Her eggs are laid in wax cells that are not as tidy as those of honey bees. Workers feed protein (pollen) and carbs (nectar) to the larvae (nice series of pictures here) as successive generations of workers take to the air.
RBBB nests may contain some “ringers.” Cuckoo bumble bees (formerly in the genus Psithyrus and now included in Bombus) take advantage of the labor of the worker bees by invading a bumble bee nest, killing the queen, and laying their own eggs in the nest. A few dominoes must be in place in order for the Cuckoo bumble bees to be successful brood parasites. In an article in Entomology Today titled “Cuckoo Bumble Bees: What We Can Learn From Their Cheating Ways (If They Don’t Go Extinct First)” author Meredith Swett Walker explains: “… cuckoo bumble bees are “obligate brood parasites”—in other words, they cannot reproduce without their hosts. They cannot produce their own workers, they lack pollen baskets on their legs and so cannot collect pollen to feed their own offspring, and they cannot produce enough wax to build their own nest.
Instead, cuckoo bumble bees must find a host colony of another bumble bee species, and it has to be just the right size. Too large, and there will be too many workers defending the nest and the cuckoo will be killed. Too small and there will be too few workers to raise the cuckoo’s offspring. So, cuckoo bumblebees must be selective. They also have to be tough fighters to defend themselves from attacking workers as they infiltrate the nest and kill the host queen. Thus, cuckoo bumble bees are heavily armored with larger and stronger mandibles, a hardened abdomen, and a thicker, more powerful sting.
After it infiltrates a nest, the invading cuckoo must defuse the battle and integrate into the host colony. Some cuckoo bumble bees do this by mimicking the chemical cues used by their host species. Other cuckoos produce few recognition chemicals of their own and then take on the “scent” of the colony via contact with nest materials and workers.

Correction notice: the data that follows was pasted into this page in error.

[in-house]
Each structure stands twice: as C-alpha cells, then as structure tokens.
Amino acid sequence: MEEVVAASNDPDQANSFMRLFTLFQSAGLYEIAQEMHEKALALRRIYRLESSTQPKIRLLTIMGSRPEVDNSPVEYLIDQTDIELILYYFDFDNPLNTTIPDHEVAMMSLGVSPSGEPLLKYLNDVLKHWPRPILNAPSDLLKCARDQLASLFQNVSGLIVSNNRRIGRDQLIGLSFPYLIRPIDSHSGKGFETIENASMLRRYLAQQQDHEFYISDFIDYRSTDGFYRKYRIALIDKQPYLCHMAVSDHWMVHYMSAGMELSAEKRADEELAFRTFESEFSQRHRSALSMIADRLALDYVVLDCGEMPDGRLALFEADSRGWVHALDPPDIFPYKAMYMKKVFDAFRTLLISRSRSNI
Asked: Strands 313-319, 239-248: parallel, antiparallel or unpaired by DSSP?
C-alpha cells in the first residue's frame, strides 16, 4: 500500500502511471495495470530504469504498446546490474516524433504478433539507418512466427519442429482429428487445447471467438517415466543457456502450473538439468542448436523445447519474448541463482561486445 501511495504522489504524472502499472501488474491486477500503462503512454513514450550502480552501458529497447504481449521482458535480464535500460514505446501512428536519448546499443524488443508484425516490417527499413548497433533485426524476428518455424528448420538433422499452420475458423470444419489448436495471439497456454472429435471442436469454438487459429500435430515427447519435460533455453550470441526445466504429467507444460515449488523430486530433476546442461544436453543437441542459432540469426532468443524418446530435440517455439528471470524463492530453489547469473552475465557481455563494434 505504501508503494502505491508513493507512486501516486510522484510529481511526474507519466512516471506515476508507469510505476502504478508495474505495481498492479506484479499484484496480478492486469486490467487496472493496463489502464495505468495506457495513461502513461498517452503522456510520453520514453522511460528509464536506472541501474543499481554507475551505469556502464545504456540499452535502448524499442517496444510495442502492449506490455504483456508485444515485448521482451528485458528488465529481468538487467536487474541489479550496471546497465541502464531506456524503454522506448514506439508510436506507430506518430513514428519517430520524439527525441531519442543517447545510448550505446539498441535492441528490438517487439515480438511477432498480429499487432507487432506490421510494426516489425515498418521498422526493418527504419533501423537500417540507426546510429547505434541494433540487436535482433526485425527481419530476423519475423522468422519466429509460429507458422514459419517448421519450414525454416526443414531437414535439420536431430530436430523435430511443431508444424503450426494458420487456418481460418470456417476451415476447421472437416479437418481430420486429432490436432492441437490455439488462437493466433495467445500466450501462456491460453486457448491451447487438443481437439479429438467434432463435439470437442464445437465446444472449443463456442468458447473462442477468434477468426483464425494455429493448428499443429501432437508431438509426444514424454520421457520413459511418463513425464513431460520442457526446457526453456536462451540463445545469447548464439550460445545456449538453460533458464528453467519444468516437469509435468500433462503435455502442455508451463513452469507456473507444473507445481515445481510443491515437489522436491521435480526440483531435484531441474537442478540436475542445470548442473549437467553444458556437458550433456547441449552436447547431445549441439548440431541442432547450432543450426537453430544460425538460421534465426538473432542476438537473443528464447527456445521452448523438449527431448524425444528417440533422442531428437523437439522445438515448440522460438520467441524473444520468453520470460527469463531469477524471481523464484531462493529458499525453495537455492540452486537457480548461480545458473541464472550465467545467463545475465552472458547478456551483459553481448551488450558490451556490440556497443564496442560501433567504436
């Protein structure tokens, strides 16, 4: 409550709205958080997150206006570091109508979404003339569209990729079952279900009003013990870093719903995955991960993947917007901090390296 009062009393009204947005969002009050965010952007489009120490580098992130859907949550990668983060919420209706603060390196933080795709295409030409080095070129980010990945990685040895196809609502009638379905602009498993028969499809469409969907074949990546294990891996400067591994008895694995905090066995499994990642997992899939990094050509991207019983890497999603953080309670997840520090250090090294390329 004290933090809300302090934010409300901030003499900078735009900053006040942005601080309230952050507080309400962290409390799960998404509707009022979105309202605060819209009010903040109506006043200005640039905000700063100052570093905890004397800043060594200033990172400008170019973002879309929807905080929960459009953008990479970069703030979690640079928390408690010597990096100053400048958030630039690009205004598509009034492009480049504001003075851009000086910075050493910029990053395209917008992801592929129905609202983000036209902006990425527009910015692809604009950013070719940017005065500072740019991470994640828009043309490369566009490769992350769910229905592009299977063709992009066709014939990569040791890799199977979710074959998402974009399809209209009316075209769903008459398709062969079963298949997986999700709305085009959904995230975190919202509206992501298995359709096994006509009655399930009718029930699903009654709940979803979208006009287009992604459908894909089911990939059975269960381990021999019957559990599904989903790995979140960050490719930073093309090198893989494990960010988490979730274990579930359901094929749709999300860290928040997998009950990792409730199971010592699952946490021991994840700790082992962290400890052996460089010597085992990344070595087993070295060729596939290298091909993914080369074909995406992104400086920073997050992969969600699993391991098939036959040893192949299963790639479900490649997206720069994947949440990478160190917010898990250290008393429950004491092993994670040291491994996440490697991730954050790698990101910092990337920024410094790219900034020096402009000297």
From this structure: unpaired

Finally, once hatched, cuckoo larvae must trick the host workers into feeding them. How this works is largely unknown. Previous research by Lhomme suggests that colonies taken over by cuckoo bumble bee queens may lose their ability to recognize outsiders in general and so be more accepting of cuckoo larvae when they hatch.”
Each species of Cuckoo bumble bee targets a few particular species of bumble bees and is similarly colored, and along with the “dominoes” mentioned in Walker’s article, their flight period must sync with that of their potential host species. RBBBs are parasitized by the Indiscriminate Cuckoo bumble bee (B. insularis) and the Fernald/Flavid Cuckoo bumble bee (B. fernaldi/B. flavidus). The first is rare in Wisconsin and the second has been seen here only a few times in 50 years.
Yes, bumble bees can sting, and yes, they will sting, but unlike a honey bee’s barbed stinger that is pulled out when it stings (fatally, for the bee), bumble bees can sting multiple times to protect hearth and home (but not when you poke a camera in their face when they’re on a flower).
The BugLady loves this field guide and even has a paper copy.
Still some bumble bees out there.